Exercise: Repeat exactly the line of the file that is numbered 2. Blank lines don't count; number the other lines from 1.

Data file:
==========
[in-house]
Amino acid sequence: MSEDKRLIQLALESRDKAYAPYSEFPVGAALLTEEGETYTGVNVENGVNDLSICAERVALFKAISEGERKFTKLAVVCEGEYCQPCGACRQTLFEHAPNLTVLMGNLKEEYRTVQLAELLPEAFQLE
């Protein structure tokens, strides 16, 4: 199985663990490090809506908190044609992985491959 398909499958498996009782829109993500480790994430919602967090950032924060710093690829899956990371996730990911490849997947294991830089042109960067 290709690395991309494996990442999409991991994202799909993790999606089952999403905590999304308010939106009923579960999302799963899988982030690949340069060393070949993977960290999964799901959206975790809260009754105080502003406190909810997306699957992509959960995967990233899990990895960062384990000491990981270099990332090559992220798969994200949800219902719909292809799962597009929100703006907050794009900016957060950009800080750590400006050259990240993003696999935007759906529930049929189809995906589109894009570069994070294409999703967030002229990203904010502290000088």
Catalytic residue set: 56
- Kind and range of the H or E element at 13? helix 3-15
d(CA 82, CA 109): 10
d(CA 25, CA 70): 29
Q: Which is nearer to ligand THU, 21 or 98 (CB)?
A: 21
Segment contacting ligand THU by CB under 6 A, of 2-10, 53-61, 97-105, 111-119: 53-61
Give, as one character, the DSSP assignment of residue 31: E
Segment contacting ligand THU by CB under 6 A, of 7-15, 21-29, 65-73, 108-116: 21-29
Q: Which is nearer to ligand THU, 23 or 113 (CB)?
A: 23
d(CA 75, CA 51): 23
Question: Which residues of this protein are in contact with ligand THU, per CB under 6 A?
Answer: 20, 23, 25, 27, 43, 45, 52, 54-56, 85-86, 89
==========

Amino acid sequence: MSEDKRLIQLALESRDKAYAPYSEFPVGAALLTEEGETYTGVNVENGVNDLSICAERVALFKAISEGERKFTKLAVVCEGEYCQPCGACRQTLFEHAPNLTVLMGNLKEEYRTVQLAELLPEAFQLE